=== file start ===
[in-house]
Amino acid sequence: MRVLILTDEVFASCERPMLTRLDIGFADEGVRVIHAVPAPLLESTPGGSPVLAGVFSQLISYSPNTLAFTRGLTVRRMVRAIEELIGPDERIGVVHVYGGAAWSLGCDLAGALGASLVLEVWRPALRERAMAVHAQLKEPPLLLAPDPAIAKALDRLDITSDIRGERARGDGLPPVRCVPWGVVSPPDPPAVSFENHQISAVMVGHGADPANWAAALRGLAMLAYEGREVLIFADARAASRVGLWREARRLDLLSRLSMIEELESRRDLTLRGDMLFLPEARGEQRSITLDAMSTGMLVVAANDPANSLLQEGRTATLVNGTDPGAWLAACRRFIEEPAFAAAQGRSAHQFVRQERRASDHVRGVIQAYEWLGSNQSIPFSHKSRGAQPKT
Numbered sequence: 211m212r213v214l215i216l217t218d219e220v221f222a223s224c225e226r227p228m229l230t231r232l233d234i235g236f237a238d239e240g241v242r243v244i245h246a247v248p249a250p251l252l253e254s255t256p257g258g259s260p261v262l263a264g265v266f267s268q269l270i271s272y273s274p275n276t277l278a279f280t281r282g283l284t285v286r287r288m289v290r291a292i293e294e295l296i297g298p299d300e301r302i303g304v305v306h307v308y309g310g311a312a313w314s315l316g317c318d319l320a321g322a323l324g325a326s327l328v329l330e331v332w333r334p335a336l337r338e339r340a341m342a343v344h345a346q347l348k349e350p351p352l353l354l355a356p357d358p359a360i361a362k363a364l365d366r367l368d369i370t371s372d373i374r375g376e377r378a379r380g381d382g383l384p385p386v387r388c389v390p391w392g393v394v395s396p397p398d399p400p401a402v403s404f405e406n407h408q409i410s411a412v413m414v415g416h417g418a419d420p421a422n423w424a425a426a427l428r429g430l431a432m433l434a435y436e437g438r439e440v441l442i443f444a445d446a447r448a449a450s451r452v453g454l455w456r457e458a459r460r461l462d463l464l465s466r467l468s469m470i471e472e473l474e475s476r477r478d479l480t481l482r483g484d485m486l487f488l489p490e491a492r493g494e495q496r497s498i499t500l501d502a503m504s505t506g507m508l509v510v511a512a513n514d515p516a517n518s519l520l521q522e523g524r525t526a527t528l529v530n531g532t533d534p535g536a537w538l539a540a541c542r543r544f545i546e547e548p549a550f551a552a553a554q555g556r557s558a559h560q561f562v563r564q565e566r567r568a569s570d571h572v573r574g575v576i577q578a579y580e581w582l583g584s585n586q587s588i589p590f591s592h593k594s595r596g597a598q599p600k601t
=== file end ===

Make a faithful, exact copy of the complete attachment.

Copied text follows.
[in-house]
Amino acid sequence: MRVLILTDEVFASCERPMLTRLDIGFADEGVRVIHAVPAPLLESTPGGSPVLAGVFSQLISYSPNTLAFTRGLTVRRMVRAIEELIGPDERIGVVHVYGGAAWSLGCDLAGALGASLVLEVWRPALRERAMAVHAQLKEPPLLLAPDPAIAKALDRLDITSDIRGERARGDGLPPVRCVPWGVVSPPDPPAVSFENHQISAVMVGHGADPANWAAALRGLAMLAYEGREVLIFADARAASRVGLWREARRLDLLSRLSMIEELESRRDLTLRGDMLFLPEARGEQRSITLDAMSTGMLVVAANDPANSLLQEGRTATLVNGTDPGAWLAACRRFIEEPAFAAAQGRSAHQFVRQERRASDHVRGVIQAYEWLGSNQSIPFSHKSRGAQPKT
Numbered sequence: 211m212r213v214l215i216l217t218d219e220v221f222a223s224c225e226r227p228m229l230t231r232l233d234i235g236f237a238d239e240g241v242r243v244i245h246a247v248p249a250p251l252l253e254s255t256p257g258g259s260p261v262l263a264g265v266f267s268q269l270i271s272y273s274p275n276t277l278a279f280t281r282g283l284t285v286r287r288m289v290r291a292i293e294e295l296i297g298p299d300e301r302i303g304v305v306h307v308y309g310g311a312a313w314s315l316g317c318d319l320a321g322a323l324g325a326s327l328v329l330e331v332w333r334p335a336l337r338e339r340a341m342a343v344h345a346q347l348k349e350p351p352l353l354l355a356p357d358p359a360i361a362k363a364l365d366r367l368d369i370t371s372d373i374r375g376e377r378a379r380g381d382g383l384p385p386v387r388c389v390p391w392g393v394v395s396p397p398d399p400p401a402v403s404f405e406n407h408q409i410s411a412v413m414v415g416h417g418a419d420p421a422n423w424a425a426a427l428r429g430l431a432m433l434a435y436e437g438r439e440v441l442i443f444a445d446a447r448a449a450s451r452v453g454l455w456r457e458a459r460r461l462d463l464l465s466r467l468s469m470i471e472e473l474e475s476r477r478d479l480t481l482r483g484d485m486l487f488l489p490e491a492r493g494e495q496r497s498i499t500l501d502a503m504s505t506g507m508l509v510v511a512a513n514d515p516a517n518s519l520l521q522e523g524r525t526a527t528l529v530n531g532t533d534p535g536a537w538l539a540a541c542r543r544f545i546e547e548p549a550f551a552a553a554q555g556r557s558a559h560q561f562v563r564q565e566r567r568a569s570d571h572v573r574g575v576i577q578a579y580e581w582l583g584s585n586q587s588i589p590f591s592h593k594s595r596g597a598q599p600k601t